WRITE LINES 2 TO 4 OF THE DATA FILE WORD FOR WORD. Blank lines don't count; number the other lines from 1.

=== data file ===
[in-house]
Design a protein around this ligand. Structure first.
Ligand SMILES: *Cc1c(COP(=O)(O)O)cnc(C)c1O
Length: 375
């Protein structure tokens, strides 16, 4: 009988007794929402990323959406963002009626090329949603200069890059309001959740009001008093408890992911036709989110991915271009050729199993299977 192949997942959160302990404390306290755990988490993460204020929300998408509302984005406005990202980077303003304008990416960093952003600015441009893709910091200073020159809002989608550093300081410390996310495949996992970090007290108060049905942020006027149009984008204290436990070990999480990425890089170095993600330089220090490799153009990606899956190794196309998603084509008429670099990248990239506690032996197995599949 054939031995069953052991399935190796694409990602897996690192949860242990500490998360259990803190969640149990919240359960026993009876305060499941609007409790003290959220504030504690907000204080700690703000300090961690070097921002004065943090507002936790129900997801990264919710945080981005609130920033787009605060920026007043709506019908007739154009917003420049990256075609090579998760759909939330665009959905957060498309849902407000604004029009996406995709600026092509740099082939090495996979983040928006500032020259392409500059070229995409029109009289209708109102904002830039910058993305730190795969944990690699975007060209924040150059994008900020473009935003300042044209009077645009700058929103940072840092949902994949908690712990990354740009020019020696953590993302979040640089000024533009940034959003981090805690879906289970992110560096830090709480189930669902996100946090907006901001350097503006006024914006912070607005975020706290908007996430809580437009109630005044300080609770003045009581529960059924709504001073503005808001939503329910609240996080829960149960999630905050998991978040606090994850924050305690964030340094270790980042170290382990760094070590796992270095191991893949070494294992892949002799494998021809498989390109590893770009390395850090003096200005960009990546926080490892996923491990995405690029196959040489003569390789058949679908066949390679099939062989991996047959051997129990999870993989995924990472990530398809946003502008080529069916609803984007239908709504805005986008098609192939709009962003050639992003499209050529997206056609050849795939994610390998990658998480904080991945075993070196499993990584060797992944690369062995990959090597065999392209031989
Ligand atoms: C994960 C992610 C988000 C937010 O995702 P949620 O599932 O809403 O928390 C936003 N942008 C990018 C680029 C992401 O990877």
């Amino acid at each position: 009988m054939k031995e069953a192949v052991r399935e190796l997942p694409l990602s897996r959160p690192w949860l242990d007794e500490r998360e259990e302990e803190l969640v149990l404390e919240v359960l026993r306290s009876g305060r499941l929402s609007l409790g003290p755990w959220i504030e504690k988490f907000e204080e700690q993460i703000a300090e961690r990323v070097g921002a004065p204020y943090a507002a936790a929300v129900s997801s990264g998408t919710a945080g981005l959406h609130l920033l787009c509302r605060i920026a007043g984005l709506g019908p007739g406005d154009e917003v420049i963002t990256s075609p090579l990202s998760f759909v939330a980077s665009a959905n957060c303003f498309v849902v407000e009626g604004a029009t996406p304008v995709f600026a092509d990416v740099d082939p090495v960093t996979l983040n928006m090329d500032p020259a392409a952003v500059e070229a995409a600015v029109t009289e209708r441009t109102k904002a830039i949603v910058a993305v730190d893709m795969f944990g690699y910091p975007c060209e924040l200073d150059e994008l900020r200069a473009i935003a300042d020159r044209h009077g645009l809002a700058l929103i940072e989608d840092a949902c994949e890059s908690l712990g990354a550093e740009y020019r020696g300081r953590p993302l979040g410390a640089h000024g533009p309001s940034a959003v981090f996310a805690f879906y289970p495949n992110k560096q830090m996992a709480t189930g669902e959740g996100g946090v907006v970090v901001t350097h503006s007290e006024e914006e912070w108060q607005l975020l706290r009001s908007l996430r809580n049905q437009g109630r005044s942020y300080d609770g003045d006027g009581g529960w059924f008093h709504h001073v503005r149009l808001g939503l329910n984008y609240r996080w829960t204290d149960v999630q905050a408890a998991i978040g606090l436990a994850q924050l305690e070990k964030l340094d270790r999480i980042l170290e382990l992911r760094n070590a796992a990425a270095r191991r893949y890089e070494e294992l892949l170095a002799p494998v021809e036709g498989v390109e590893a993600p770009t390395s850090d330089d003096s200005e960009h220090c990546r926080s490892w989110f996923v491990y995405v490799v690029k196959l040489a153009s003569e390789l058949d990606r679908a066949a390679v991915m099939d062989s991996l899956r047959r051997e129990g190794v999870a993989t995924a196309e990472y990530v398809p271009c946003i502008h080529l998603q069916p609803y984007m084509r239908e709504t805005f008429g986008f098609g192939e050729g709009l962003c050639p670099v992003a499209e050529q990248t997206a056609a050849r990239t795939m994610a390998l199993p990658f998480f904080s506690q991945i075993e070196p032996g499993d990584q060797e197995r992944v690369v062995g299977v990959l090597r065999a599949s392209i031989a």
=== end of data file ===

Design a protein around this ligand. Structure first.
Ligand SMILES: *Cc1c(COP(=O)(O)O)cnc(C)c1O
Length: 375